Genesis: Blessing

Genesis 27:1–29

And you thought your family was messed up.

Don’t forget Genesis 25:28. That one statement two chapters ago gives us all the character motivations we need for this story. I also can’t help but wonder how long 25:23, the LORD’s word to Rebekah when she was pregnant with the twins, rang in her ears. Is she still thinking about it all these years later in this story when she overhears Isaac preparing Esau for the ancient ritual of blessing?

One of these twin sons will carry on the God’s Story of Redemption. The other will fade into history. No big deal.

It’s difficult for us 21st century Americans to understand just how big a deal the blessing to the firstborn was for these ancient people. It’s huge.

In a world without hospitals or police or grocery stores or government like we know, the oldest male in the family was responsible for all of these aspects of life for the entire family and extended family—protection from enemies, provision in hard times, everything.

So imagine living with all of your family and extended family under one roof and your grandpa takes care of everybody. If you’ve seen The Godfather, that may be our best contemporary image of family life back then. Minus the awesome suits and Italian soundtrack.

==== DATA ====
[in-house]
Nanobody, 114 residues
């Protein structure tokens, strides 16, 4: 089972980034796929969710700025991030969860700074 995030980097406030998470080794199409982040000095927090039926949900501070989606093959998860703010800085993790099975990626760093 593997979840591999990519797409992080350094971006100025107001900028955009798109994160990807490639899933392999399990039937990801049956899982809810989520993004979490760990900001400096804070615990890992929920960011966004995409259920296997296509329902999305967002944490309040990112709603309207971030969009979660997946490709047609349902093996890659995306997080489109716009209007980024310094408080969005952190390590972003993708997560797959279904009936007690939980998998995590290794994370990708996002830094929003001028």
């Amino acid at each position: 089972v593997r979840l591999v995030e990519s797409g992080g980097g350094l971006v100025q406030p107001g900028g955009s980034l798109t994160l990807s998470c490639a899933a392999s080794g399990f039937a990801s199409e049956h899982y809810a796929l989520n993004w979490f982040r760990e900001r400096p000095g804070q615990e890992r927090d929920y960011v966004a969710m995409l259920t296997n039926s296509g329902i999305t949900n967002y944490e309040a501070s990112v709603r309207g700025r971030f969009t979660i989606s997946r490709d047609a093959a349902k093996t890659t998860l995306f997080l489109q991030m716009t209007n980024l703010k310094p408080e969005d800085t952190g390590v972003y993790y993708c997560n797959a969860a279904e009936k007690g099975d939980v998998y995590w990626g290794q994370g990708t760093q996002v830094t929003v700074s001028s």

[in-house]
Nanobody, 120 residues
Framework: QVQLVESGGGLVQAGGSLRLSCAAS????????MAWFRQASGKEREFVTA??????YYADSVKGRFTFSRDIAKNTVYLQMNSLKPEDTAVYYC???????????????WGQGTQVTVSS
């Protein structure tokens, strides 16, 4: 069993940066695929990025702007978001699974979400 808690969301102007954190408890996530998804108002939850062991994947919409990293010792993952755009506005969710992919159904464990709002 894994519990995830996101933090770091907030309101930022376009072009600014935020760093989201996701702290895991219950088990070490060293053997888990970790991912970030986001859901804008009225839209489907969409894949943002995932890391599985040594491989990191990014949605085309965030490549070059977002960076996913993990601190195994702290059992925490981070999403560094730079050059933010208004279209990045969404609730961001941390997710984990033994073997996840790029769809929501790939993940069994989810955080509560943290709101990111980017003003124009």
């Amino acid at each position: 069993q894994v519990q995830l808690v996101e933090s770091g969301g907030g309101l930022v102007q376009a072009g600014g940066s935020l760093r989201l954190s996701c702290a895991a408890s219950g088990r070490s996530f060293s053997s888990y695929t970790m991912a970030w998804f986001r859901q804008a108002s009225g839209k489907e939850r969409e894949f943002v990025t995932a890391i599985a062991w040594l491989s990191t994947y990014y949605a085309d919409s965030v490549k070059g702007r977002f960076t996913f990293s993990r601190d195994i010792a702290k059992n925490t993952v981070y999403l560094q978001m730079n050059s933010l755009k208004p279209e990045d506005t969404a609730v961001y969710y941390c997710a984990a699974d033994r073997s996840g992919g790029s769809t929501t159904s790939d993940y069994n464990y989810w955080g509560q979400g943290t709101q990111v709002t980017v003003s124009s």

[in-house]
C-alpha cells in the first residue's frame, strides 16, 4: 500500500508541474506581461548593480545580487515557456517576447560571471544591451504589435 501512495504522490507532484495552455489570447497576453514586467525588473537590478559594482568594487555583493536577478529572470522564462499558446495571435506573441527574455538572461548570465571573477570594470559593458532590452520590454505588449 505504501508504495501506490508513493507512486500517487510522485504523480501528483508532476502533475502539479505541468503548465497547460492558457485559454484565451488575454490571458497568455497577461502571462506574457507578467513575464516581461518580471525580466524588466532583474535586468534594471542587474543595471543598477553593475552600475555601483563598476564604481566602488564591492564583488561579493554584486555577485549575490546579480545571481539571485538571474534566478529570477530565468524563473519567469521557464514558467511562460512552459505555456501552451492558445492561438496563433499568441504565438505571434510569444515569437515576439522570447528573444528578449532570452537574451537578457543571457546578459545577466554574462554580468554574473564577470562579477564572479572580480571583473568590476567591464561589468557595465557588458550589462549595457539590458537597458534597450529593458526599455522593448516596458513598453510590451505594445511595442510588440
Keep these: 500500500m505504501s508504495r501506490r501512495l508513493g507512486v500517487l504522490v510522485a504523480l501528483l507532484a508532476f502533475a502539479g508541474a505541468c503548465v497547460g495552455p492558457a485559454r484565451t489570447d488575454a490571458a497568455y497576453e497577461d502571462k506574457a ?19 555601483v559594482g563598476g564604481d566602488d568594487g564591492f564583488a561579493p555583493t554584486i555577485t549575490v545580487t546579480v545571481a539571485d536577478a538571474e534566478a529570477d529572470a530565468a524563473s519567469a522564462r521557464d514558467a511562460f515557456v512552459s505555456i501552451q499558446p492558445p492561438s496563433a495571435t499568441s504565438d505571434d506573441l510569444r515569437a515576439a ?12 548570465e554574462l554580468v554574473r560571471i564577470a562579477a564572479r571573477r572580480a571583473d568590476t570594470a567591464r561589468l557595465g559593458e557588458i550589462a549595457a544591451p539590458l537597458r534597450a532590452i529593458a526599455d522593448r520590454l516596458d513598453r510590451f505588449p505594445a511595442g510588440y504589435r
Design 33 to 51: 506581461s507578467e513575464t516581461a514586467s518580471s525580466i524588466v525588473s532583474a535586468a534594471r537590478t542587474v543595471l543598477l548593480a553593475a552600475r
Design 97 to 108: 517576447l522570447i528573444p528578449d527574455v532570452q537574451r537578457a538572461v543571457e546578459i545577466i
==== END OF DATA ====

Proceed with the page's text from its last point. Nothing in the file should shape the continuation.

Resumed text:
When the father is about to die, he passes that enormous responsibility to the firstborn. Yeah, there’s honor and bragging rights in that, but like Uncle Ben tells Peter Parker, with great power comes great responsibility.

This is what Jacob has just swindled out of Esau. Not just the inheritance of stuff but also the power to call the shots of the family business, and it is Jacob’s son, not Esau’s, that will continue the line of power and responsibility.

Think about that when we read the genealogies in the gospels of Matthew and Luke, and see the line that traces straight to Jesus.

What about you? What do you see?


About peterjwhite

I am a pastor to college students in Tulsa, OK.
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